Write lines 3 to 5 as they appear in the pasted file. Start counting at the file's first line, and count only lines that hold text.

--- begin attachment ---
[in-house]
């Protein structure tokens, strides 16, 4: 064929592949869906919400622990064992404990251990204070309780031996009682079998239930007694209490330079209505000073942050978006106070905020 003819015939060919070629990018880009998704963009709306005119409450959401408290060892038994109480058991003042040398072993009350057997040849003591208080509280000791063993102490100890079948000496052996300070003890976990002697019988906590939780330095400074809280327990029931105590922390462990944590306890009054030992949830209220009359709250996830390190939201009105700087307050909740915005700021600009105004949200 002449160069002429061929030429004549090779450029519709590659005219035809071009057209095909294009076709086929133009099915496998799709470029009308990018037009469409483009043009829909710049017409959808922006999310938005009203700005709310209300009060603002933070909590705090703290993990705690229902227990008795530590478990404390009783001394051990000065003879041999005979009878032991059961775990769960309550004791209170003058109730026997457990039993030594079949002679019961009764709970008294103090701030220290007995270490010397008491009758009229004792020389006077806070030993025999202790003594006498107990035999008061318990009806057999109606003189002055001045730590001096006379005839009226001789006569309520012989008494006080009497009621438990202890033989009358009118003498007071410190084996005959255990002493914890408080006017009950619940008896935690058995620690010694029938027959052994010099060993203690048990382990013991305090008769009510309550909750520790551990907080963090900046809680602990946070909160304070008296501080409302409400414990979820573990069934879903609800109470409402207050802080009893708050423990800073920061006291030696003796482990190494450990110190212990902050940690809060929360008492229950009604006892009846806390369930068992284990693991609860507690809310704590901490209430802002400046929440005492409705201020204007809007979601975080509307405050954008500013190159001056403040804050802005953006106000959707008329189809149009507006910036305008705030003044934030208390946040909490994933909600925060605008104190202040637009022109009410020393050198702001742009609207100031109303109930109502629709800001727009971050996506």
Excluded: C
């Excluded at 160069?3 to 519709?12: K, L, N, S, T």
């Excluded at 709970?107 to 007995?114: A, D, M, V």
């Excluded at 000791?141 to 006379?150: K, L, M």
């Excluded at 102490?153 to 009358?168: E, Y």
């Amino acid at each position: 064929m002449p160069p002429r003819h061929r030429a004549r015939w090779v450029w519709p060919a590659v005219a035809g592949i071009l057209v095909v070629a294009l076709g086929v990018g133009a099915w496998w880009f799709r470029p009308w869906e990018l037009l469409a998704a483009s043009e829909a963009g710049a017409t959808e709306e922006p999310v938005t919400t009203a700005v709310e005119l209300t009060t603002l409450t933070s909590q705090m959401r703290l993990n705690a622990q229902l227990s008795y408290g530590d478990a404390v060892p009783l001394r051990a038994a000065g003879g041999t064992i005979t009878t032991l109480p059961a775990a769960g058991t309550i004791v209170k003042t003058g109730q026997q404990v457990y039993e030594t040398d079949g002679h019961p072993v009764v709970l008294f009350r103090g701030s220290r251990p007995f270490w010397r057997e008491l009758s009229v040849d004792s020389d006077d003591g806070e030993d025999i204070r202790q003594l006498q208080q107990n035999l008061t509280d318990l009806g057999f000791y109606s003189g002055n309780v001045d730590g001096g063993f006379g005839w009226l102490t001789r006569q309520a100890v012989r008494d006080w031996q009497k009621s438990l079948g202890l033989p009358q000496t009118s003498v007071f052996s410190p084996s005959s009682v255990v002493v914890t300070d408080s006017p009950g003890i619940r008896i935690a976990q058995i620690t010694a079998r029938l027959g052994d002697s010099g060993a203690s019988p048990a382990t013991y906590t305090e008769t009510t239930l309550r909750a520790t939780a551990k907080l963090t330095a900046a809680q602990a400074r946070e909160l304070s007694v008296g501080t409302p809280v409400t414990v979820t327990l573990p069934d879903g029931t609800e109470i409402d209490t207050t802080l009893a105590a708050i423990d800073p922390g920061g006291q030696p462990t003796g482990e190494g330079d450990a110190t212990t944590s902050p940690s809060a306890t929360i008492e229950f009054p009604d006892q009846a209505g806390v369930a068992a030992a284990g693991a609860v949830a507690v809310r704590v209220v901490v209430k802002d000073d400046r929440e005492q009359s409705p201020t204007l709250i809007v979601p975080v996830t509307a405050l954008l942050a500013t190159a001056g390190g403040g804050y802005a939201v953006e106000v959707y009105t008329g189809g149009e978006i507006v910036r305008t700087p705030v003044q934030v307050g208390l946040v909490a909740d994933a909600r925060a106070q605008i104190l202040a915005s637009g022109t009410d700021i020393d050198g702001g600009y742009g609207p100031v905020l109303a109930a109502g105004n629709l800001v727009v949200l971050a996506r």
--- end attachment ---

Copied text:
Excluded: C
């Excluded at 160069?3 to 519709?12: K, L, N, S, T």
């Excluded at 709970?107 to 007995?114: A, D, M, V």